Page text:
"I don't think I've seen you two in this classroom before," the boy commented, slipping into his seat and setting his backpack on the ground.

British, she thought. Definitely a British accent. "Same goes for you," she said drily.

"I apologize," he said, his lips curving in amusement. "My name's Ian. Just moved in from London the day before, actually. Are you from England, by any chance?"

She tucked her laptop into her bag, a little creeped out by the way the boy was ogling at her. Frankly, he wasn't unattractive, not in the least, but there was an air of familiarity about him that unnerved her; it was as if she'd seen him from somewhere before. "Half, I suppose. I'm sorry, did you want something, um…Ian?"

Ian shook his head. "Nothing—I-I mean, you just look like this person I saw in my grandfather's photo album."

Evangeline blinked. "Haven't heard that one before."

"Take a look at this," Ian said, reaching into his pocket and withdrawing a black and white photo, somewhat yellowed with age. "This is like, from prehistoric ages. That's my grandfather when he's about seventeen or so," he pointed the teenager out. "And that person…doesn't he look like you? His name is Alec, or at least that's what it says on the back. Man, I honestly thought that guy was a girl at first."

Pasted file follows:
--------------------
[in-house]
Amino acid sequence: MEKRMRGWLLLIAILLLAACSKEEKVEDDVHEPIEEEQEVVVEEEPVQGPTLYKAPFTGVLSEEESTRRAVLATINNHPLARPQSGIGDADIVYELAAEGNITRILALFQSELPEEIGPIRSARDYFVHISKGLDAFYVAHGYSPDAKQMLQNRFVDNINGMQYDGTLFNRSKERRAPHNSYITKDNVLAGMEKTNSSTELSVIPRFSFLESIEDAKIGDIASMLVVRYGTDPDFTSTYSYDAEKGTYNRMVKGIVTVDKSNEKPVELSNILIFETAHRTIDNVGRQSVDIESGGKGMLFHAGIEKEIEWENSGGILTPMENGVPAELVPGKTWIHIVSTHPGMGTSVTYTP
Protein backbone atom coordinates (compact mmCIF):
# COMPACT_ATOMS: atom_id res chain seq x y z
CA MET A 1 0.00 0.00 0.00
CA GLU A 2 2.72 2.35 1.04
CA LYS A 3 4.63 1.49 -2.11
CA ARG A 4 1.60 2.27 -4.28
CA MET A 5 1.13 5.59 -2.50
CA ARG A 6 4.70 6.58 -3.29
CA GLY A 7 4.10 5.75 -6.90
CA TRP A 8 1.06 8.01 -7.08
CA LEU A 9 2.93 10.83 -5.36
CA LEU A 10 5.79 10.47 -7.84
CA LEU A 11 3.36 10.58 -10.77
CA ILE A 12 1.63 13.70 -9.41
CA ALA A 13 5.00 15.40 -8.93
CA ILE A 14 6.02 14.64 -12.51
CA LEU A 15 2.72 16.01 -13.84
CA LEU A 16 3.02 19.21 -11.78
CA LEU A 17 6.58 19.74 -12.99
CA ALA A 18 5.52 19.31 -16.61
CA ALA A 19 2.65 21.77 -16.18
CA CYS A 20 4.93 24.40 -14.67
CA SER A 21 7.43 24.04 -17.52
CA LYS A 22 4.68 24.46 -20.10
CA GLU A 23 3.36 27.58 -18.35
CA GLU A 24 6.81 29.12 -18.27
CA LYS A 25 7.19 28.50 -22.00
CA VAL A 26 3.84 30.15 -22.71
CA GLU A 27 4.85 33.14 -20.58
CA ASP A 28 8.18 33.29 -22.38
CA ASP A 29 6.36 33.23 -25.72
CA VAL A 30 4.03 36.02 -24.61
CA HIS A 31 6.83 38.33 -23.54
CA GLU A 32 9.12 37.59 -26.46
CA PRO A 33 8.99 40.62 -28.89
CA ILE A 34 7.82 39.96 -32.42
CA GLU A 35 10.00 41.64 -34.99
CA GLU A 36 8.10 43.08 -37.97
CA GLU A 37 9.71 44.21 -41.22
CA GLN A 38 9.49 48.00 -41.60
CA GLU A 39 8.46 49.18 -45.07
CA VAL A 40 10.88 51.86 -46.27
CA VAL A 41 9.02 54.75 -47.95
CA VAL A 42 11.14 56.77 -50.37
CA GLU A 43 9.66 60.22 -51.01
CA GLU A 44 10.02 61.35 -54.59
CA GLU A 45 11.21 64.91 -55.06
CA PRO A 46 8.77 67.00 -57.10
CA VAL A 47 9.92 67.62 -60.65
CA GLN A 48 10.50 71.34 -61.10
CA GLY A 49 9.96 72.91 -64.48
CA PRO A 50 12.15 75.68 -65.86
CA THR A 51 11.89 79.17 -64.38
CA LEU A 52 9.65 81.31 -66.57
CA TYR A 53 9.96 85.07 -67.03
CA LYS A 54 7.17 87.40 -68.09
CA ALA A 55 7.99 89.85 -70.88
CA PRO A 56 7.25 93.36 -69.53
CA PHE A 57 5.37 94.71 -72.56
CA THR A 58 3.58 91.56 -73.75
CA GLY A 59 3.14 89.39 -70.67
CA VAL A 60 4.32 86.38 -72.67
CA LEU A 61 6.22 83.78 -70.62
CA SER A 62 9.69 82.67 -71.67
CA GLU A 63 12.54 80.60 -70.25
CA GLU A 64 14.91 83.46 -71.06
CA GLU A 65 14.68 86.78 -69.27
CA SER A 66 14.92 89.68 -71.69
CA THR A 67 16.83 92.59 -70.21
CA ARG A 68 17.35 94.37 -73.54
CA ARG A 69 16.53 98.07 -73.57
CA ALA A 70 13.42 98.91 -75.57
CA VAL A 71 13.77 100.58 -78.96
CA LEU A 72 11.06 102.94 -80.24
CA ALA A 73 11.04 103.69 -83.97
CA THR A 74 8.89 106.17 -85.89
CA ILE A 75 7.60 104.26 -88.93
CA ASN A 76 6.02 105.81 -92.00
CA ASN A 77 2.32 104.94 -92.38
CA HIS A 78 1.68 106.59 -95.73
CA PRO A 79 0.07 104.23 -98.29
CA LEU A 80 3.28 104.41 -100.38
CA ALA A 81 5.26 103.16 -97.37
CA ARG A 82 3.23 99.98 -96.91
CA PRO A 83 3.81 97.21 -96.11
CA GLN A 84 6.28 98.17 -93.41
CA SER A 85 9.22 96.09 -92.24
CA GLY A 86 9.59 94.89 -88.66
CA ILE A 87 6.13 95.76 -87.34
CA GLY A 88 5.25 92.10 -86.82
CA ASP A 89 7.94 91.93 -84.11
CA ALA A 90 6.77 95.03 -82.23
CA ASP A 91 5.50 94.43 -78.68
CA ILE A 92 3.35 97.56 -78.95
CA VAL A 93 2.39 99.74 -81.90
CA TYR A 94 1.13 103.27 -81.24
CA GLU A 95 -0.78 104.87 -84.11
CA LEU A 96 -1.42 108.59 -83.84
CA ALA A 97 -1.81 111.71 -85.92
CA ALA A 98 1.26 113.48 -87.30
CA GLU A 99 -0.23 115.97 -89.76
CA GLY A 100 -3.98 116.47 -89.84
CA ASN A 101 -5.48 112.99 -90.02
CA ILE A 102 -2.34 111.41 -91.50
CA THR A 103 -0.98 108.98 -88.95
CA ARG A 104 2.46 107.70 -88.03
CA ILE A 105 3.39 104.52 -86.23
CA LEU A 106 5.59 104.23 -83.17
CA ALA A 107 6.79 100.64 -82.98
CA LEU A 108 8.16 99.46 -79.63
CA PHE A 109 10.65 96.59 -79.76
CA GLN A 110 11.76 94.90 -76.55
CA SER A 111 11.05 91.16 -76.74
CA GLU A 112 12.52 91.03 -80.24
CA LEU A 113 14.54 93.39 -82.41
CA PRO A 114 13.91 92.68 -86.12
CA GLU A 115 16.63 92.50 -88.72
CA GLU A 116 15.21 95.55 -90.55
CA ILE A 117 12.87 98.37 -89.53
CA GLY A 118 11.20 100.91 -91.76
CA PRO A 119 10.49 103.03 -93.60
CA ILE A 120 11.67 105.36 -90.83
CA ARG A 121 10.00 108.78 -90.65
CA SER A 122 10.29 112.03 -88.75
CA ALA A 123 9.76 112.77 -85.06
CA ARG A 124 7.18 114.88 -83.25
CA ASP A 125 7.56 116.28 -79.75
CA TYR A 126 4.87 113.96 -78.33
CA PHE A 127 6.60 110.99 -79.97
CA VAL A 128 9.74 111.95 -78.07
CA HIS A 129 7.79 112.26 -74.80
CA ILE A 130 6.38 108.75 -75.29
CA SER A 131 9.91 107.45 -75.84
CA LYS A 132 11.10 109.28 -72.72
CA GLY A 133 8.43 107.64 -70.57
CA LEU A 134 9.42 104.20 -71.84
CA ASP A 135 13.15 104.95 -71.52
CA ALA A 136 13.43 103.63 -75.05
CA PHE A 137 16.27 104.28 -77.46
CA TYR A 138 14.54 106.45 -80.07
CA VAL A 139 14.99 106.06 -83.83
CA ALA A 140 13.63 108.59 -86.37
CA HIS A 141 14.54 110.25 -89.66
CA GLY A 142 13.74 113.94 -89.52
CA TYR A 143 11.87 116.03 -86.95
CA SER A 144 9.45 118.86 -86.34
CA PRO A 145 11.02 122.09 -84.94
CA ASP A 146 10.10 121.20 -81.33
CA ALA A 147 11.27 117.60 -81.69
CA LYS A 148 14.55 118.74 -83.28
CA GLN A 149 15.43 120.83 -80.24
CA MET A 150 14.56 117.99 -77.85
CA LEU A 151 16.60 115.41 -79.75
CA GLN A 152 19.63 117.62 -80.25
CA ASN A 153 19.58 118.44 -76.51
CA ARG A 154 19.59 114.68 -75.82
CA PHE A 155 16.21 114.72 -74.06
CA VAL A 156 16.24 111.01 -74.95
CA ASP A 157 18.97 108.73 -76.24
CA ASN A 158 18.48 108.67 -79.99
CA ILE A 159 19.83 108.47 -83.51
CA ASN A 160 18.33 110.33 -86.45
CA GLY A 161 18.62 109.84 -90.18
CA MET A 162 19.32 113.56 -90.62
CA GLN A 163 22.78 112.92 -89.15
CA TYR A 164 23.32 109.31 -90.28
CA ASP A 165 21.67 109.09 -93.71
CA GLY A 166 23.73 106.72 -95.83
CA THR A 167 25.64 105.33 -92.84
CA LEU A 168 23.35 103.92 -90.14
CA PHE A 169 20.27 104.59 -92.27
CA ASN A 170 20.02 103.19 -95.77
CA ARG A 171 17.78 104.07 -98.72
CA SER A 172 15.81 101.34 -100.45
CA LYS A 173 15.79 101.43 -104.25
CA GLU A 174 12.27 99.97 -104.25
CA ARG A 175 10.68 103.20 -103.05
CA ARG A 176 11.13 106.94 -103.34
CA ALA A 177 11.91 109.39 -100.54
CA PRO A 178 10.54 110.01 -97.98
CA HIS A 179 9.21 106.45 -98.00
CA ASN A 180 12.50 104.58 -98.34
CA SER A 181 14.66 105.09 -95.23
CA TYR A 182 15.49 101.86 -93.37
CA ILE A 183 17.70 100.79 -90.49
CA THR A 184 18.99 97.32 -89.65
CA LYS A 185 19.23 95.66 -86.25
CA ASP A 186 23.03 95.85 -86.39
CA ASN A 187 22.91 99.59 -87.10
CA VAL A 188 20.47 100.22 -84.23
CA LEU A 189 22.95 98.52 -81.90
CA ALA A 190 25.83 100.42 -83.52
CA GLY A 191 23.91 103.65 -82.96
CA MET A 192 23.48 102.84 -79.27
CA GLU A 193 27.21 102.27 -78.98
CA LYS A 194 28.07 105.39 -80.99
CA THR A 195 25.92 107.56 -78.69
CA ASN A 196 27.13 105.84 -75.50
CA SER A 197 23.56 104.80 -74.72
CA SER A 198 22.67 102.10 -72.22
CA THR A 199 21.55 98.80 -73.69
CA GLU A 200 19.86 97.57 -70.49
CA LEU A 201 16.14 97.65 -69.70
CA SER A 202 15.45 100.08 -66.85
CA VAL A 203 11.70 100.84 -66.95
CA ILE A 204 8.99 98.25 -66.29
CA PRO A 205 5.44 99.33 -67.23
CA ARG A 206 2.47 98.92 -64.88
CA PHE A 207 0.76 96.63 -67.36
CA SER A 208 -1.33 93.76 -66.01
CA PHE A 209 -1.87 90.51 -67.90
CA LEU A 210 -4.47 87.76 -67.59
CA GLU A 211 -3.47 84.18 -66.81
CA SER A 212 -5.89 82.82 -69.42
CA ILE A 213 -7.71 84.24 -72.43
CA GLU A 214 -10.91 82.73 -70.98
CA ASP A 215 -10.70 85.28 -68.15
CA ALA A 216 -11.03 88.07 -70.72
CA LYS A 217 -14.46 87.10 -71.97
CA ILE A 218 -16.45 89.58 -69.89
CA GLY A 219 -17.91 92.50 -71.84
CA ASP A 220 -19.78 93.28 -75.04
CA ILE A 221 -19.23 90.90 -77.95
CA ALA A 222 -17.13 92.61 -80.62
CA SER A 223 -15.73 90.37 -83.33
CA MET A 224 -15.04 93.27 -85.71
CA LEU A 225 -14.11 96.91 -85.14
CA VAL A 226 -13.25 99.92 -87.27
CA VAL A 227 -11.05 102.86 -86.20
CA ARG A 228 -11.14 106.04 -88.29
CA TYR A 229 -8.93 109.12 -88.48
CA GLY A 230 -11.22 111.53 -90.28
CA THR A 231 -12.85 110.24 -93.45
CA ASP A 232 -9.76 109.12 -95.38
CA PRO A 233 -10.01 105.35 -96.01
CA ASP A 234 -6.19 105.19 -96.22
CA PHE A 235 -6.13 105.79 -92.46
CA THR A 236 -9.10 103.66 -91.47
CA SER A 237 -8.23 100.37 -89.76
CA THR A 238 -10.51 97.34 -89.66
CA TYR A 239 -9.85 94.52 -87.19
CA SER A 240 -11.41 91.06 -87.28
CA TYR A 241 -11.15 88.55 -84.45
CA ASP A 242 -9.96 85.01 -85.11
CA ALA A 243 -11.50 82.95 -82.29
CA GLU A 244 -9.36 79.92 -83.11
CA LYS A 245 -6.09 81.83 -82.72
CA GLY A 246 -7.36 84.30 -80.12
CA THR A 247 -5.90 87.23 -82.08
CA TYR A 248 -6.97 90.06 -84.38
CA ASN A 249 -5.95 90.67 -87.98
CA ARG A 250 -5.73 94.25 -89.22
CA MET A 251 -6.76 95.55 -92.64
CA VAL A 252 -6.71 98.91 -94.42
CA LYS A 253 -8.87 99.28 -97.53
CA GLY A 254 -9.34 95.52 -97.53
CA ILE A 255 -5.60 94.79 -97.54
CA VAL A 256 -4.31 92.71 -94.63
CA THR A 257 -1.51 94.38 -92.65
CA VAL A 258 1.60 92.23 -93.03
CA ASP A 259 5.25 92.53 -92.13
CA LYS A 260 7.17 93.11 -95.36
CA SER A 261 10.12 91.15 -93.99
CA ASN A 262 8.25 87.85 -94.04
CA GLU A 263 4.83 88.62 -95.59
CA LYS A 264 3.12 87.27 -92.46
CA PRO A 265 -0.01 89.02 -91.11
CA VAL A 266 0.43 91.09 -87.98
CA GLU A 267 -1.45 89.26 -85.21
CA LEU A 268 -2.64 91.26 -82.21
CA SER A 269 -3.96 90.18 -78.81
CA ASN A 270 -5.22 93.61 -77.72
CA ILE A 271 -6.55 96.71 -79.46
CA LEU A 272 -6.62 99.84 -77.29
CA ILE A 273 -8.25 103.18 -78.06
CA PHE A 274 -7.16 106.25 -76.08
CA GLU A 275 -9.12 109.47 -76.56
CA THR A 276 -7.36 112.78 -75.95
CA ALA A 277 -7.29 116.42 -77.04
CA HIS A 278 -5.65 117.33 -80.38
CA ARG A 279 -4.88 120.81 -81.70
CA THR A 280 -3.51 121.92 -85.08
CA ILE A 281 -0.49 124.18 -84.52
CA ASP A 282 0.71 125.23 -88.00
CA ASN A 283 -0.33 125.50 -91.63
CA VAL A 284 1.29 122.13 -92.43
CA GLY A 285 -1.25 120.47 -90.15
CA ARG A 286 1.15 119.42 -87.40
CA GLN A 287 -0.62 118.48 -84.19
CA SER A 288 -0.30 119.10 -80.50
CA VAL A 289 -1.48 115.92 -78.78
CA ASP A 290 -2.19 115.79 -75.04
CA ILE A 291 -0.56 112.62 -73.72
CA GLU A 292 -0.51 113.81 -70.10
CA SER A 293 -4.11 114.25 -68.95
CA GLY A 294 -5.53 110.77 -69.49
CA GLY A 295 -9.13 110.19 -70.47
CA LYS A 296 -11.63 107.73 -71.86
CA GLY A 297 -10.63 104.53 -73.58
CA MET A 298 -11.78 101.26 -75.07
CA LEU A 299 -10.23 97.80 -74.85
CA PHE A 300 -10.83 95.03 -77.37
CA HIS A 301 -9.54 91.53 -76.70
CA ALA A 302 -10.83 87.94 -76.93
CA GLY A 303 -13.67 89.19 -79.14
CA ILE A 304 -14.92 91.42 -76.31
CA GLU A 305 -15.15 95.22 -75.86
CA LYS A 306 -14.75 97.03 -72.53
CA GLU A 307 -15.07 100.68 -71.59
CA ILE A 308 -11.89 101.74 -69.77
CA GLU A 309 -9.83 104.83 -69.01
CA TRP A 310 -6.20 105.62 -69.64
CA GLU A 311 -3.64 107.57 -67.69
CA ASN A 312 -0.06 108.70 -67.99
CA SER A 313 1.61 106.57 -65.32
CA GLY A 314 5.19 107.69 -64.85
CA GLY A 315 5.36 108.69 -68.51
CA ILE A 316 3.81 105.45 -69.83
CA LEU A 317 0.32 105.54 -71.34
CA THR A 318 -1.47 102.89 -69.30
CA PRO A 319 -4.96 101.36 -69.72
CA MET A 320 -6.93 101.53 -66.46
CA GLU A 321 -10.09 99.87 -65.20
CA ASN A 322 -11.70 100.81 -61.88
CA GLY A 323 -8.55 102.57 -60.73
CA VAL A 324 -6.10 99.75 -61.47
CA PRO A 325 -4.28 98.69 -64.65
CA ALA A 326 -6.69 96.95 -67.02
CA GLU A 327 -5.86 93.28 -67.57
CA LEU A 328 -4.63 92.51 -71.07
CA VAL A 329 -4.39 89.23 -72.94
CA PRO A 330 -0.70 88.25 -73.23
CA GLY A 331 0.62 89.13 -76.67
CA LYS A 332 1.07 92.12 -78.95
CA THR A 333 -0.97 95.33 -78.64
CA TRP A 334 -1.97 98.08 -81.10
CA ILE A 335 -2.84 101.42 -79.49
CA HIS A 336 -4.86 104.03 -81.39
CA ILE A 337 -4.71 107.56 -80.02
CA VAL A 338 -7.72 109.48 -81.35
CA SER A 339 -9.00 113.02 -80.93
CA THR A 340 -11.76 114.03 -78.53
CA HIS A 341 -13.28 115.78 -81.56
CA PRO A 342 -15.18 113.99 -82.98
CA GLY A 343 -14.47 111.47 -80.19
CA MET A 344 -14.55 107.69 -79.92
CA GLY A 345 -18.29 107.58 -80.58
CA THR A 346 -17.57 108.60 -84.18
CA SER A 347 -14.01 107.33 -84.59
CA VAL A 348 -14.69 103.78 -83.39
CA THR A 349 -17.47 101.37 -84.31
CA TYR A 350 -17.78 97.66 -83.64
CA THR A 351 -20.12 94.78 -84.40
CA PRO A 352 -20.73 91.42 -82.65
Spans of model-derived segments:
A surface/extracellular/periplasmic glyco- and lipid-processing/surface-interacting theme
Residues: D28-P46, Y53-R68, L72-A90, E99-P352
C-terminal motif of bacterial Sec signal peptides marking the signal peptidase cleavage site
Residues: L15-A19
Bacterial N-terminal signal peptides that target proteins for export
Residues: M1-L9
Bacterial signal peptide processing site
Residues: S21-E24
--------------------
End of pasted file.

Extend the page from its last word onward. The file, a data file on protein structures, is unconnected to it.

"Don't be ridicu—" She stopped mid-sentence and seized the picture. "What the—where did you get this?"

"My grandfather made me look for this watch that he lost. Nicked this from his attic when I was looking around, I thought maybe that'd tick him off, since he's real touchy about his stuff. He'll flip out, that's for sure, but that's only if he finds out." He laughed. "Besides, there's no way he's going to fly all the way over here for a picture."

"Aloisa!" she hissed at the girl. "Aloisa, look at this!"

The blond lifted her head. "Wha—"

"Aloisa! Please be quiet!" Ms. Stevens crossed her arms, her lips forming a thin line. "Unless there is something interesting you'd like to share with the rest of us?"

"N-no, I'm sorry." She glared at Evangeline, mouthing 'What do you want?'"

"I have some important announcements!" Ms. Stevens bellowed out, as though the class was hard of hearing. "The play date has been moved to January 25th, along with…" She droned on, oblivious to the fact that half the class was fiddling their pencils around in disinterest and the other half was chatting discreetly amongst themselves.